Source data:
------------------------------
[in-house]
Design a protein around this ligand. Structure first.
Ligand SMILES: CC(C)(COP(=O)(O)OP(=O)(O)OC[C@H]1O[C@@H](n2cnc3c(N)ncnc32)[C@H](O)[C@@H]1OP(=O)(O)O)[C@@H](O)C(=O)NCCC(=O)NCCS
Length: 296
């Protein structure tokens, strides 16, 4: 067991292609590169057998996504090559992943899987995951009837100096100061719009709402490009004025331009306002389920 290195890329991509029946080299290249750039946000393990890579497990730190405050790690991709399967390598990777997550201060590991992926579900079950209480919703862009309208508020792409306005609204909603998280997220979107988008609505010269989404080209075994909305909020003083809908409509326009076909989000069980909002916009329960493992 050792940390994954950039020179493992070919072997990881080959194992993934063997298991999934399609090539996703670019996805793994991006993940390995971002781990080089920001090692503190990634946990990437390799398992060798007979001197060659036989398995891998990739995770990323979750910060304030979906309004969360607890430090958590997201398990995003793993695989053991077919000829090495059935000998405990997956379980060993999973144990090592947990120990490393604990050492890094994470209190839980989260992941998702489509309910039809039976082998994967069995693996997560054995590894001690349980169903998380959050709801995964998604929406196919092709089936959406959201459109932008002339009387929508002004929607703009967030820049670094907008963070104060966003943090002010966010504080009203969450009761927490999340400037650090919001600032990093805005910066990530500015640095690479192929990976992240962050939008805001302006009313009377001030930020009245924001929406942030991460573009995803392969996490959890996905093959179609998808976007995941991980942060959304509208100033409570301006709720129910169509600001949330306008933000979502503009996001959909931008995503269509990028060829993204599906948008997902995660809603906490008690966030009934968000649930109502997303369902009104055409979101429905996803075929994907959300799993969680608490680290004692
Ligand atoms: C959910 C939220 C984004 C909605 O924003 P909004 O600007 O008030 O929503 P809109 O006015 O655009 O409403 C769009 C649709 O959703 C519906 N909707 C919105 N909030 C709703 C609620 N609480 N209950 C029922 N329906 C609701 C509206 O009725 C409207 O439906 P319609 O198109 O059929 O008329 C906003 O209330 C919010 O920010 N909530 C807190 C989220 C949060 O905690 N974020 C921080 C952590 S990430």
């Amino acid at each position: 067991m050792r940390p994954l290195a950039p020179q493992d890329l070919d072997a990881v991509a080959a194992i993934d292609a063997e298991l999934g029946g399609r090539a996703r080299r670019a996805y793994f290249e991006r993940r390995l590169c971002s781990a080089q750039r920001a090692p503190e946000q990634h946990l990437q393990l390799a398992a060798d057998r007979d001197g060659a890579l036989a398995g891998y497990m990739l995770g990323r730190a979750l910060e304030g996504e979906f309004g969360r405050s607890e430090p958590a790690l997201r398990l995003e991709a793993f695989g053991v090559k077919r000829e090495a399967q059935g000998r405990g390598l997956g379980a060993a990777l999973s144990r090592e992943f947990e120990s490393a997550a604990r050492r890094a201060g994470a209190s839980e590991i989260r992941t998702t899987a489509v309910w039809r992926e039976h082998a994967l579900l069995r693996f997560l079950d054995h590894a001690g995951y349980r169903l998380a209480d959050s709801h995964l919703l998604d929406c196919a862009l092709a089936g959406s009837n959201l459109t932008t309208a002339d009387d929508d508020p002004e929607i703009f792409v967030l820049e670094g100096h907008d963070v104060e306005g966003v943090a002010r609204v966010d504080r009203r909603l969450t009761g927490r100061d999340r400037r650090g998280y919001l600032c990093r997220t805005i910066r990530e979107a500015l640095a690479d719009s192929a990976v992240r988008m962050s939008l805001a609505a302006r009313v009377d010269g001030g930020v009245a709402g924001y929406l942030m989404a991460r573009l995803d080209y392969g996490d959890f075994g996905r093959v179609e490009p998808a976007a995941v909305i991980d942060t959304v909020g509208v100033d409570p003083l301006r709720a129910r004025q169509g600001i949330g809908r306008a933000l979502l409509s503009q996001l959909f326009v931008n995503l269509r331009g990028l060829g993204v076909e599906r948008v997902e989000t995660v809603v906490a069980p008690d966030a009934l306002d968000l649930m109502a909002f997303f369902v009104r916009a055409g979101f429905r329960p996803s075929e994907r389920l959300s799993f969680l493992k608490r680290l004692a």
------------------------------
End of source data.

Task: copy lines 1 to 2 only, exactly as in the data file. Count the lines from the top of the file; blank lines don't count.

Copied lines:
[in-house]
Design a protein around this ligand. Structure first.